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Morocco: one year after, the Saharawi Gdeim Izik political prisoners are still subject to inhuman treatments
19 of the original 24 Saharawi political prisoners of Gdeim Izik Group remain in prison, with sentences that range from 20 years to life imprisonment and continue to be victims of torture, ill treatment and intentional medical neglect by the Moroccan authorities.
The French defense lawyer of the Gdeim Izik Group, Maître Ouled, is extremely preoccupied with the continues disrespect of the Moroccan authorities with the most basic human rights, as well as the infringements and violations of the national and international law regarding her defendants.
“They have been subjected to sever ill treatment and in some cases torture, as well as extreme medical neglect after their last sentencing on 19th of July 2017 by the court of appeal of Salé, Rabat. Besides the fact that there is still a decision pending from the Cour de cassation and that this trial did not present any evidence of guilt, it is clear that my clients are in some cases in life endangerment due to their health status. We are addressing, with their families, the competent authorities regarding the infringements and violation and will continue to do so. We are just asking for the inherent rights of my clients to be considered as innocent since there is no proof of guilt other than declarations signed under torture, tortures that were never investigated. It is here a question of the right to live which excludes confinement and almost total isolation from the outside world. An urgent solution has to be found since clearly this situation is not sustainable for much longer.”
Maître Olfa Ouled, has been sending complaints as well as requests for immediate investigations to the competent prosecutors regarding the situation of the prisoners and their families. Their complaints based in the moroccan law itself did not lead to the opening of an investigation.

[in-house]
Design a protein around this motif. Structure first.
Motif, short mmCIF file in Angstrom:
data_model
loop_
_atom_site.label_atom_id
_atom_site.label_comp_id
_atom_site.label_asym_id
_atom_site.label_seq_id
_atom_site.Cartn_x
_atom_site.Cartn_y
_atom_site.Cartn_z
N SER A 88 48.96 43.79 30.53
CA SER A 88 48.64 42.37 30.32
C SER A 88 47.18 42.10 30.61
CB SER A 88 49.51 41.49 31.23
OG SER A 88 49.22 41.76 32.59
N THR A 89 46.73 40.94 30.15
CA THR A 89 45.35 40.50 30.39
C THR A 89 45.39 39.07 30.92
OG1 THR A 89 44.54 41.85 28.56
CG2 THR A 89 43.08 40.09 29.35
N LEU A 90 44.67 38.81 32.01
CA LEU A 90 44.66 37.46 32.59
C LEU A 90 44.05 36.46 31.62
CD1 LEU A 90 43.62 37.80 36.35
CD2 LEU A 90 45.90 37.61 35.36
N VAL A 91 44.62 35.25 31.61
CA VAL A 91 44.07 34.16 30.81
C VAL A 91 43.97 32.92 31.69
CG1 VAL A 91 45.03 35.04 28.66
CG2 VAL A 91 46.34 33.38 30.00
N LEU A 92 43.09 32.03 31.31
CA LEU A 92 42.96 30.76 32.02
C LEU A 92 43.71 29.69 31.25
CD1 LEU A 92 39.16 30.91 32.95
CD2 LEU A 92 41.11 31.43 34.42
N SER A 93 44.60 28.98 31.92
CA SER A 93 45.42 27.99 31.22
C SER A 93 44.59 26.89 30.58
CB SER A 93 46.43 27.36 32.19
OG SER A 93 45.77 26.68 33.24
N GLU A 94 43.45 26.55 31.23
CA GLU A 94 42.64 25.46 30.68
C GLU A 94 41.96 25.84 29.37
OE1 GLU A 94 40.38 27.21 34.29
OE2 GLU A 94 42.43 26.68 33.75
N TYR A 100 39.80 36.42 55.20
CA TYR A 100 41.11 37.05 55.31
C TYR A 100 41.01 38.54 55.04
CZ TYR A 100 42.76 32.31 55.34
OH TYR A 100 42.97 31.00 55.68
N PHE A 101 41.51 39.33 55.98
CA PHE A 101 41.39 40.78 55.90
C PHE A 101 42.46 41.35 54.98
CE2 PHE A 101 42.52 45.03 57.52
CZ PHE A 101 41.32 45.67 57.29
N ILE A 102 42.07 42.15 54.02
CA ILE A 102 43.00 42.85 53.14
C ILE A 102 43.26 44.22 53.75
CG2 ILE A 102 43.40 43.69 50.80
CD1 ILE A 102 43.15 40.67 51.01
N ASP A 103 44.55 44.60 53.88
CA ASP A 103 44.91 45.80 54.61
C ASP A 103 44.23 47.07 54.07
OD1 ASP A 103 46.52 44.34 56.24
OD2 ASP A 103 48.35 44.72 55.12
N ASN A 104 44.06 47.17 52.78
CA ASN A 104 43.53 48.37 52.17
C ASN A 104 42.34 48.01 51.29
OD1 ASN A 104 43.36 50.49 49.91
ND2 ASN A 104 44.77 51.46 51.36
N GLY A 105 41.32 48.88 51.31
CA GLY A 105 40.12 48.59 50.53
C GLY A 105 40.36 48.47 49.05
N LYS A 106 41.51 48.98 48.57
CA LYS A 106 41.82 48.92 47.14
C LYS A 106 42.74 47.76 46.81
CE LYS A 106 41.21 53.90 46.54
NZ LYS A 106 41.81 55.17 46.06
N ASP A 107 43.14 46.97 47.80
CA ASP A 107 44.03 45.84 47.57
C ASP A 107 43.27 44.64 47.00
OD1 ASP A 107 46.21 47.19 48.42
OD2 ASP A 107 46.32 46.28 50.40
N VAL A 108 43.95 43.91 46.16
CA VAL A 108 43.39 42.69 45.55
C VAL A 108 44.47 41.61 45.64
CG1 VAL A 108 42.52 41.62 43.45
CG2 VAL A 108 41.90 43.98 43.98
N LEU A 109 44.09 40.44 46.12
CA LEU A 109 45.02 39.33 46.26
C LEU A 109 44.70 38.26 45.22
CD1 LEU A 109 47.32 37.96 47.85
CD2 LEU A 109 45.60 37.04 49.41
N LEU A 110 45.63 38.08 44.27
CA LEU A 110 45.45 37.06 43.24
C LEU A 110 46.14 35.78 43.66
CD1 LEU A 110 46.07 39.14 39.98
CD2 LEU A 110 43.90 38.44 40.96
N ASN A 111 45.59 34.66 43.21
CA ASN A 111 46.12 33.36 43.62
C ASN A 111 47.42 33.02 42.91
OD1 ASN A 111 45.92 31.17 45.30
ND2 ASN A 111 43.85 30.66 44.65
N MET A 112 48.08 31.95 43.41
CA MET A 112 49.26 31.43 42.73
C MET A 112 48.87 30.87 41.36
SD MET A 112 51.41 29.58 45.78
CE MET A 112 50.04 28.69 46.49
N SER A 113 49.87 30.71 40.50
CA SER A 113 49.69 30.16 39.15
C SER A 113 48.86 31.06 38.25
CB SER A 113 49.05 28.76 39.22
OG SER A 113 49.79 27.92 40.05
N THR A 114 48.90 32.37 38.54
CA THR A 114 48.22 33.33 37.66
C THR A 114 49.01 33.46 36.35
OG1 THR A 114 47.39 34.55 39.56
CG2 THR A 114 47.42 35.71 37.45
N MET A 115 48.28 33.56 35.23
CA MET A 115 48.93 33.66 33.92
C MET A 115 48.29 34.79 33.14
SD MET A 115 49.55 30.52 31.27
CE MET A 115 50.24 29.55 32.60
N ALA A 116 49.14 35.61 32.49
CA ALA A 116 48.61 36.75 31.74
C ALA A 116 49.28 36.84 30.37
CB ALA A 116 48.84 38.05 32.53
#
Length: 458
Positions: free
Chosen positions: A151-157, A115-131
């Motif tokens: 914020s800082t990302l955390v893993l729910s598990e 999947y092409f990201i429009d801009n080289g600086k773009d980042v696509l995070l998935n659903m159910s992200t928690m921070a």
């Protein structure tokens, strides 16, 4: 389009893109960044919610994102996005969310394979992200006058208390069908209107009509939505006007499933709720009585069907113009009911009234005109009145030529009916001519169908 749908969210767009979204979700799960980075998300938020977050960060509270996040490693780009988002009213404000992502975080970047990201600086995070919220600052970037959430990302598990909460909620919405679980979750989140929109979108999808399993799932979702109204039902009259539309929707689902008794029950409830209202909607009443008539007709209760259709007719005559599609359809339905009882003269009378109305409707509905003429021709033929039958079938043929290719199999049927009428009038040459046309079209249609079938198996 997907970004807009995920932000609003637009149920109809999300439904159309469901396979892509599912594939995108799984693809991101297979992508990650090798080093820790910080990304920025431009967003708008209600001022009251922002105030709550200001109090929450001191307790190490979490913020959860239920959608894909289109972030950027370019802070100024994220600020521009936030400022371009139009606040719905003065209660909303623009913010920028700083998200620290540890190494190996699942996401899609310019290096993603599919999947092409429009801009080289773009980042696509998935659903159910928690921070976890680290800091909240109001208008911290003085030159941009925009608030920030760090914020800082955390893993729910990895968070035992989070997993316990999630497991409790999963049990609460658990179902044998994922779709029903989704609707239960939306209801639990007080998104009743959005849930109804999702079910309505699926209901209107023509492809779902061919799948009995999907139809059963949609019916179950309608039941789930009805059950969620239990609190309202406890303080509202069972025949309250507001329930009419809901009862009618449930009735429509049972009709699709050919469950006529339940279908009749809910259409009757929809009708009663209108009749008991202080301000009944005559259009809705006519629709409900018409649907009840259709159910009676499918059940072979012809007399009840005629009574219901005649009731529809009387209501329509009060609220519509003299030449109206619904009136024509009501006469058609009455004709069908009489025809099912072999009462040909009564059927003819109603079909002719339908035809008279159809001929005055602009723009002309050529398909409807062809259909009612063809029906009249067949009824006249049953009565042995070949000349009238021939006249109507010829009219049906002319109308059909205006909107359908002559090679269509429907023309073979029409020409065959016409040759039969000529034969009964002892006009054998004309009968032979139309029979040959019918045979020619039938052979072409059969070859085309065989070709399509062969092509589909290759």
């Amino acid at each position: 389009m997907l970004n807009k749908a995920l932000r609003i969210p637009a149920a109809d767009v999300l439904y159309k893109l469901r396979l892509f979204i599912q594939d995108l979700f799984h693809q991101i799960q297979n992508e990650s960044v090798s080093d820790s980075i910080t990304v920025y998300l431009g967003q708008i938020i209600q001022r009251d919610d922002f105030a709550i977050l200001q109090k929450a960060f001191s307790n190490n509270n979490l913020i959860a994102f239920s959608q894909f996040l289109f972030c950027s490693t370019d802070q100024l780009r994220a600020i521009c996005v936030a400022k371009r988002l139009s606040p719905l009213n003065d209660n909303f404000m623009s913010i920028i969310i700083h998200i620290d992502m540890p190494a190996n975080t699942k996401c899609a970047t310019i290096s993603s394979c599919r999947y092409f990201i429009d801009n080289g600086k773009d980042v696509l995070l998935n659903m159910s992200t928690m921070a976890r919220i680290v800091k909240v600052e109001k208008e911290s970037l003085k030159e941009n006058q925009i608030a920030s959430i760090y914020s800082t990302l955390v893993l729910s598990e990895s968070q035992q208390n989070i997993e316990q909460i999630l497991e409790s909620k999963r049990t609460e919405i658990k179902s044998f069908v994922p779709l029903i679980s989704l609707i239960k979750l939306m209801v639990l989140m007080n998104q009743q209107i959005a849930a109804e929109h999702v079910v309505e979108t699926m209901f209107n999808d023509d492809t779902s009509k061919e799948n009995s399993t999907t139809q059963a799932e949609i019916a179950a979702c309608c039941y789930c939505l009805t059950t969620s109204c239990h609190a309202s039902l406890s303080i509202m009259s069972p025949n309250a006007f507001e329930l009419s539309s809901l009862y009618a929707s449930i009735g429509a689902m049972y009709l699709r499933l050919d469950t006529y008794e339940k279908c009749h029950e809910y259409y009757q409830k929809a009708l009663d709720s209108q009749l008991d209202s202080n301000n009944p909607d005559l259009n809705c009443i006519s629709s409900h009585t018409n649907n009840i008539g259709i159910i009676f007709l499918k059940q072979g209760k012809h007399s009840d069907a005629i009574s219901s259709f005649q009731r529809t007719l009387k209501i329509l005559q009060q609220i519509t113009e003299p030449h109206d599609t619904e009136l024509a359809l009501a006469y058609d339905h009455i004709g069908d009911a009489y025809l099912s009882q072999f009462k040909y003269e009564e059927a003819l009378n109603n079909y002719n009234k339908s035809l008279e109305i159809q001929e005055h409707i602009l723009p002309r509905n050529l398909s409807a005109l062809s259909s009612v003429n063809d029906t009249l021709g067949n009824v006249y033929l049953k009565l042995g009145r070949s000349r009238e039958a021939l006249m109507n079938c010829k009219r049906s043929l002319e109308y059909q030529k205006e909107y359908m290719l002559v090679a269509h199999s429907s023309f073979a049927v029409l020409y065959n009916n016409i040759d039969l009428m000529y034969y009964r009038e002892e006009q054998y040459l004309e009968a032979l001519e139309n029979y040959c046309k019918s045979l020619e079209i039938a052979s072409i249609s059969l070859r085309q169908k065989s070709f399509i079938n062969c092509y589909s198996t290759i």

According international human rights activist, Isabel Lourenço who has been following this case since 2010 and issued several reports on the both military and civil trial as well as a report on the situation of the families, the lack of answer is not surprising since the morroccan authorities did not ever open any investigation following the denounces of torture since the arrest of the group.
“My main concern besides the fact that most prisoners need medical attention, is the fact that they are extremely distant from their families, the children of the prisoners are particularly targeted by the negative impact, not only because their fathers are in jail but also by the fact that they are reduced to a few visits per year in the actual circumstances. Also, their parents who are elderly cannot visit their sons. The application to several prisoners of this group of prolonged solitary confinement, without meaningful human contact, which is considered one of the harshest forms of torture leading to both physical as psychological damage, is a clear sign that Morocco feels that it can act with impunity. After an unfair trial we continue to see unfair and illegal treatment with cases that amount to torture, I sincerely hope that Morocco will respect the conventions it has ratified and that are the basis for the justification of the financial and technical support that this state receives”.
The families of these prisoners presented several complaints to the Moroccan authorities and CNDH (Conseil National des Droits d’Hommes) without receiving any response the families of the prisoner in prolonged confinement in Tiflet2 prison sent an urgent call to the International Red Cross, regarding the situation and the arbitrary refusal of visitation right. This prison is over 1200km from El Aaiun in Western Sahara and currently this group is the one that is in a location more farther away from their families.
All prisoners of the Gdeim Izik group suffer from extreme and intentional medical neglect and are in dire health situation.
Mr. Abdallah Toubali has undergone a bladder surgery on July 6th 2018. Mr. Mohamed Tahlil has been transported repeatedly to the hospital without having been treated and Mr. Brahim Ismaili’s legs are so swollen that he is not able to walk anymore. He is also brought to the hospital and back without adequate treatment. The prisoners in prolonged solitary confinement suffer from the all the symptoms that are associated with this kind of punishment both physically as psychologically. This are only a few examples of the health situation of the group.
Since the beginning of 2018, CNDH is the appointed mechanism by Morocco to monitor the situation of these detainees, preventing and denouncing torture to the local authorities and to the subcommittee of torture in the framework of the OPCAT (Optional Protocol of the Convention against torture). It also the mechanism that is seen as “preferential source” by the European Union when it comes to monitor the human rights of the prisoners and always referred to by Morgherini, High Representative of Foreign Affairs of the EU in her answers to the MEP’s that place questions on this issue.
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